May 19, 2014
HSI and Institute for In Vitro Sciences Address Lawmakers at Tokyo Conference to End Japan’s Cosmetics Animal Testing
TOKYO — Experts in non-animal testing from global animal welfare leaders Humane Society International and the world-renowned Institute for In Vitro Sciences were guest speakers at a conference of Japanese legislators in Tokyo this week, to discuss the “Science and Regulation for Ending Cosmetics Animal Testing” in Japan. Japan is the second stop on HSI’s Be Cruelty-Free Asia science tour that also includes Hong Kong, Taiwan and China and focuses on high-level meetings with policy makers and scientists.
The Tokyo event was an opportunity for cross-party Japanese diet members (policy makers) to gain a global perspective on legislative, scientific and corporate efforts from HSI’s Be Cruelty-Free campaign, the largest campaign in the world to end animal testing for cosmetics. The event was hosted by Kusuo Oshima (Upper House member, Democratic Party of Japan), Ryuhei Kawada (Upper House member, Yuinotoh Party), Mizuho Fukushima, (Upper House member, Social Democratic Party), and Tomoko Abe (Lower House member, Independent).
With a growing global trend towards cruelty-free cosmetics, Japan is being urged to support similar moves. Japanese law does not require most ordinary cosmetics to be tested on animals, however it doesn’t prohibit it, either. Companies can still choose to animal test, and companies producing ordinary cosmetics can be required to animal test if they use certain new chemicals such as new preservative agents or UV absorbing agents. Medicated cosmetics (quasi-drug) also require animal testing if new ingredients are used.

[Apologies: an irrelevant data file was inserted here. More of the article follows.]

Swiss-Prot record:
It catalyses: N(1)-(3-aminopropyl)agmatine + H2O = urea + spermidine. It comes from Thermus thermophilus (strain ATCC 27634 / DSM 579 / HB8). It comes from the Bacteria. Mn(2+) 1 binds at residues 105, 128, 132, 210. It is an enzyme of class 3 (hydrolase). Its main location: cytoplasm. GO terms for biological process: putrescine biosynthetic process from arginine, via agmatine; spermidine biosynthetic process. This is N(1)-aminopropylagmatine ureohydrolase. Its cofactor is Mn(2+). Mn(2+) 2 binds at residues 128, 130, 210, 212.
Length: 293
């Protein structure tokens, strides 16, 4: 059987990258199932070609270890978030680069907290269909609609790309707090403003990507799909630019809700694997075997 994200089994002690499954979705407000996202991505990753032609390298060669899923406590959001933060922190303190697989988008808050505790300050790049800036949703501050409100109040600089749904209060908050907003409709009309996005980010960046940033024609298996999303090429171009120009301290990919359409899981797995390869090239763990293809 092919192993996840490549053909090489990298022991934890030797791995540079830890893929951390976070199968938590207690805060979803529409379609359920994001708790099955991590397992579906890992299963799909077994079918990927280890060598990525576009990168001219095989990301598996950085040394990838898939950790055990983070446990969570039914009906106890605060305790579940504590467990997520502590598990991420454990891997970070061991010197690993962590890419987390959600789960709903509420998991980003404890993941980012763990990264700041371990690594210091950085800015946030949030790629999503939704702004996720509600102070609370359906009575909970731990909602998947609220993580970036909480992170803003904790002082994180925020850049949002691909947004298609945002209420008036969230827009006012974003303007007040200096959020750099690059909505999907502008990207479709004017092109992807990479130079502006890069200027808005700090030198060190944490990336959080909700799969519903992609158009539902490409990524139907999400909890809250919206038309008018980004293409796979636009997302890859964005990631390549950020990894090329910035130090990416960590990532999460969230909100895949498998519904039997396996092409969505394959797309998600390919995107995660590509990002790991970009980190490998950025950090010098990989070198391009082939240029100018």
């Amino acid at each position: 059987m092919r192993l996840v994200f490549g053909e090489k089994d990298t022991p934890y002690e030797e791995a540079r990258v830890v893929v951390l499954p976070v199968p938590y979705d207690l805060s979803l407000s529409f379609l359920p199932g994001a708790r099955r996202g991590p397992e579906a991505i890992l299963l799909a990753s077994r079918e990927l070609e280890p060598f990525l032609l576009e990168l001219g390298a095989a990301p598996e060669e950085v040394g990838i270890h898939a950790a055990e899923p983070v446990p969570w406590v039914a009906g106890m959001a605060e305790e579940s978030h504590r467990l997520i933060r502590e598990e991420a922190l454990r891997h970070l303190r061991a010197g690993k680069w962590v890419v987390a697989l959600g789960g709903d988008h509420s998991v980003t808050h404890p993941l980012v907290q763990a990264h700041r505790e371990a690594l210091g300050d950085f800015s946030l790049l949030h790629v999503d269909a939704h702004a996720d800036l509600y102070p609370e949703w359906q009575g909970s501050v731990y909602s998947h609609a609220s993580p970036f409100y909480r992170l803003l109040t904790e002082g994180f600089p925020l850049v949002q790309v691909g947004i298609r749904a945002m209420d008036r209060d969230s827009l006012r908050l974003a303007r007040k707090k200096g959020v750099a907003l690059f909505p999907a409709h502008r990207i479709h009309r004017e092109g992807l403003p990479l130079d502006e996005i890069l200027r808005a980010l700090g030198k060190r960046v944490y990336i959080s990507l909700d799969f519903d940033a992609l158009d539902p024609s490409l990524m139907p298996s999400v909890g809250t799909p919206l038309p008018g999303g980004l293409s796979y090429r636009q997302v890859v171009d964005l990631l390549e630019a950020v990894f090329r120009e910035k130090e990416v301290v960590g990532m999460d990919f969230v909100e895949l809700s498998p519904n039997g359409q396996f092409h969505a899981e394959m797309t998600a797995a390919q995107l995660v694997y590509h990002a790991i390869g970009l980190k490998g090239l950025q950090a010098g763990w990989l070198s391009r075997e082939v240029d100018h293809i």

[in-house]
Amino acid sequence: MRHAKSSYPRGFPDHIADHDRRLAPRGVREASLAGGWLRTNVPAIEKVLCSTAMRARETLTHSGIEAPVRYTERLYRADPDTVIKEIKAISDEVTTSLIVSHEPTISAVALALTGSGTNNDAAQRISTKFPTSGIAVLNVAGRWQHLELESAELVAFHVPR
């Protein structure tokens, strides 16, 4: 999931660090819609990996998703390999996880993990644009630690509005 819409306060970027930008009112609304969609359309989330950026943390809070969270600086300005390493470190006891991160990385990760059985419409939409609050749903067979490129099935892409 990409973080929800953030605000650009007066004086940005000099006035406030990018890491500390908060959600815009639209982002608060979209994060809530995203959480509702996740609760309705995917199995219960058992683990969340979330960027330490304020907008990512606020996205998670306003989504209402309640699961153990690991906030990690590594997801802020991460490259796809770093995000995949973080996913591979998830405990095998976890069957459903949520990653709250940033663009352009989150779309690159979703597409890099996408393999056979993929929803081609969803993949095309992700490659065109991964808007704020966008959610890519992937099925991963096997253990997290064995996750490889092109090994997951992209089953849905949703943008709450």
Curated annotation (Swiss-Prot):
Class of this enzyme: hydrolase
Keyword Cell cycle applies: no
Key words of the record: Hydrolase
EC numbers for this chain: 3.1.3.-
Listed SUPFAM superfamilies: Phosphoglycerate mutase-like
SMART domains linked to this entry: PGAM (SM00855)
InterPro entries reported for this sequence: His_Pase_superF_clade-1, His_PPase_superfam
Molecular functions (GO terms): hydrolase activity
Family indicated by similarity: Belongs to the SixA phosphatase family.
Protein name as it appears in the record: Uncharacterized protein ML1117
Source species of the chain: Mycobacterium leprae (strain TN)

Troy Seidle, HSI’s director of research & toxicology, who oversees the Be Cruelty-Free campaign, said: “Countries across the globe are moving toward eliminating animal testing from the beauty industry, and as a key cosmetics market, Japan has an opportunity to show real leadership. With the global in vitro testing business set to be worth $18 million by 2018, a test ban would create a powerful incentive for Japan’s science sector to develop even more advanced technologies. Japan epitomizes state-of-the-art technology, so eliminating scientifically unreliable animal tests that belong to a bygone era is the natural progression. And Japanese consumers would benefit too, because cosmetics developed using long-established ingredients and human-relevant test methods mean improved product safety.”
Public support is growing in Japan for an end to cosmetics animal testing. Diet members were presented with a giant Be Cruelty-Free pledge card signed by hundreds of citizens. The signatures were collected in collaboration with cruelty-free retailer LUSH Japan during Earth Day Tokyo 2014.
- Testing cosmetics on animals is already banned throughout the European Union, Norway, Israel and India and in recent months legislative bills have also been introduced in the United States, Australia and Brazil. In New Zealand the Parliament is considering a test ban under its review of the country’s Animal Welfare Act.
- In China animal testing for ordinary, domestically-produced cosmetics is due to become optional instead of mandatory in June. For the first time Chinese companies can choose advanced non-animal tests over outdated animal methods. IIVS senior scientist Dr. Quanshun Zhang explained the impact of China’s evolving cosmetics regulation to diet members.
- Earlier this month Chinese scientists from various sectors including national regulatory agencies, testing services, cosmetics companies and universities received training from IIVS experts in how to safety test cosmetics using state-of-the-art non-animal methods. The training was funded by HSI, the HSUS and the Human Toxicology Project Consortium.
Be Cruelty-Free Japan is part of the largest campaign in the world to end cosmetics animal testing. HSI also has Be Cruelty-Free campaigns in Australia, Brazil, Canada, China, India, Korea, New Zealand, Russia, Taiwan and Be Cruelty-Free USA is spearheaded by The Humane Society of the United States.